According to the hypothesis, COVID-19 outbreaks are more prevalent in nations with higher import and outgoing tourist flows. Utilizing data on deaths and verified COVID-19 cases from the European Centre for Disease Prevention and Treatment, we evaluate this hypothesis (ECDC, 2020). The ECDC data includes the daily totals for new cases and fatalities. Most COVID-19 data presentations focus on the overall number of infections and fatalities per nation. By April 30, 2020, we calculate the total number of COVID-19 cases and fatalities that have been confirmed. The primary explanatory factor is worldwide tourism, which was quantified using data from the World Bank on the average (log) frequency of visitors and departures of travellers from outside from 2010 to 2019. (2020). The number of persons who travel abroad for a duration of less than a year is referred to as overseas inbound tourism. The number of travellers who leave their place of origin for destinations abroad without engaging in paid work is known as the number of international outbound tourists.

We show the relationship between both the cumulative COVID-19 cases reported associated mortality and overall international tourists as of April 30, 2020. (Arrivals and departures). Results discover that COVID-19 breakout cases and deaths are both favourably correlated with overseas travel (r = 0.78 and 0.72 respectively). The adjust for additional potential COVID-19 transmission factors in multiple regression, which we detail in the following section, to test the validity of this link.

where the tourism industry in Indonesia is one of those impacted. Indonesia is presently aware of this pandemic virus, which hurts the business, someone's career, and influences the hospitality and tourism industries as well—especially now that the disease is getting worse. The purpose of this study is to examine the opinions of Indonesian tourism employees who work in the travel and hospitality sectors to determine how their careers have been impacted by their occupations. For this research, the researcher will do a qualitative investigation. The pandemic caused a 70% drop in foreign visitor visits from January and October 2020 compared to the corresponding time in 2019.

 A number of 170,084 hotel reservations made between 11 January and 16 March 2020 were withdrawn, resulting in an RM68,190,364 revenue reduction. The COVID-19 epidemic was primarily accountable for the loss.

The withdrawal of hotel reservations in Kuala Lumpur resulted in a reduction of earnings of RM23,021,301, followed by Sabah, which lost RM11,550,605 in revenues. Sarawak is the state that has been least impacted by COVID-19; throughout the period under analysis, just 76 rooms were cancelled, leading to a loss of approximately RM23 million. It's anticipated that the wave of hotel cancellations won't stop until MCO is through (World Economic Forum, 2022).

 Further research investigation In South Asia, the COVID-19 epidemic has a severe effect on the region's natively diverse, multi-cultural, and rich historical and sociocultural tourism geographies, hurting over 47.7 million informal and formal travel and hospitality jobs. After this pandemic, the region's tourism industry alone would be expected to have a GDP reduction of more than US$50 billion (Louise and F., 2020). Although the negative impact of this global epidemic on both formal and informal actors and stakeholders of this developing tourism region, including Bangladesh, cannot be ignored, the tourism regions and countries of the Maldives, Sri Lanka, Bhutan, India, Nepal, Pakistan, and Bangladesh have all been adversely affected in various ways. This is because the tourism sector contributes to the national GDP in each of these countries.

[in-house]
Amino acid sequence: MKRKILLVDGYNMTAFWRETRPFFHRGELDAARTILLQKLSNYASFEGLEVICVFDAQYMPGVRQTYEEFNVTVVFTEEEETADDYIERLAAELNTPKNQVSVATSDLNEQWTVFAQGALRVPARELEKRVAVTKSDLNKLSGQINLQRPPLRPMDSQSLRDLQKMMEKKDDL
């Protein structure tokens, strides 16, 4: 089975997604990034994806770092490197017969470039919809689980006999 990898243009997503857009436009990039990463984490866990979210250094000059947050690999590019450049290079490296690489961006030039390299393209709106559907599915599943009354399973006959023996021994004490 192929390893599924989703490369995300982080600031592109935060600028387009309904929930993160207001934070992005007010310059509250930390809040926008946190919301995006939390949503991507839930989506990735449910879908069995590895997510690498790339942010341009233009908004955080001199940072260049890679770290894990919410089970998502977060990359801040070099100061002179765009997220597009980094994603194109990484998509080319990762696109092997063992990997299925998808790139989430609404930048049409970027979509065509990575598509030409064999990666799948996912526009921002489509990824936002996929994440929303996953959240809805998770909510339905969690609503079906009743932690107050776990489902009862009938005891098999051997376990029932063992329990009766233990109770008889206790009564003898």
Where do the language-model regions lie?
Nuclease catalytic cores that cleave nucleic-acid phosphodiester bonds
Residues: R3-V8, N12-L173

People who didn't want to spend the money on travels or were prohibited from flying due to federal regulations were the main causes of this. Based on these data, the UNWTO anticipates a 70–75 percent decrease in international passengers for the entire 2020 year (Riadil, 2020). This would imply that global tourism has resumed its pre-about-30-year peak levels. In 2020, World Heritage sites saw a 66% decrease in visitor numbers and a 52% decrease in tickets sales because of COVID-19, according to World Heritage in the presence of COVID-19 (2021). The UNESCO Task Force on Lifestyle, Tourist activities, and COVID-19 is currently focusing to collect extra detailed data to assess the short- and long-term effects of the crisis on maintainable hotel management at World Heritage sites. This work is being done in collaborative efforts with both the independent review Bodies to the 1972 World Heritage Convention (Centre, n.d.).

Managerial implications: Throughout all of the respondents, whether they were discussing expected consumer behaviour or lessons for business, instructors, or trainers, hygiene and sanitation continued to be a recurring sub-theme. Literature on travel and hospitality has provided extensive documentation on the topic of hygiene (Jauhari, 2010, 2009; Tripathi et al., 2010). However, it is too important a matter to be disregarded for an emerging economy such as India that faces with problems like overcrowding and congestion (Nath, 2003). In light of a recent Lancet article (Lodder and de RodaHusman, 2020) in which researchers hypothesized that the prevalence of SARS-COV-2 in human wastewater could have serious consequences if not properly controlled, this concern becomes even more important. Though it may have comparable roots to the earlier Sars epidemic, the current pandemic's effects have been much more severe and are still being felt in nations including the United States, Brazil, and Asia (Mohanty, 2020; Konarasinghe, 2020; Marques et al., 2020; Yeolekar et al., 2020). Because of growing unemployment rates throughout the industry, the pandemic's effects on India's tourism and hospitality are only becoming worse. An estimated 38 million jobs, or 70% of the workforce in the tourist and hotel industry, could be lost (Radhakrishna, 2020). The projections of losses in the Indian tourist industry have increased from an earlier forecast of INR 5 lakh crore to INR 10 lakh crore, according to FAITH, a Federation of Associations in Indian Tourism & Hospitality (PTI, 2020).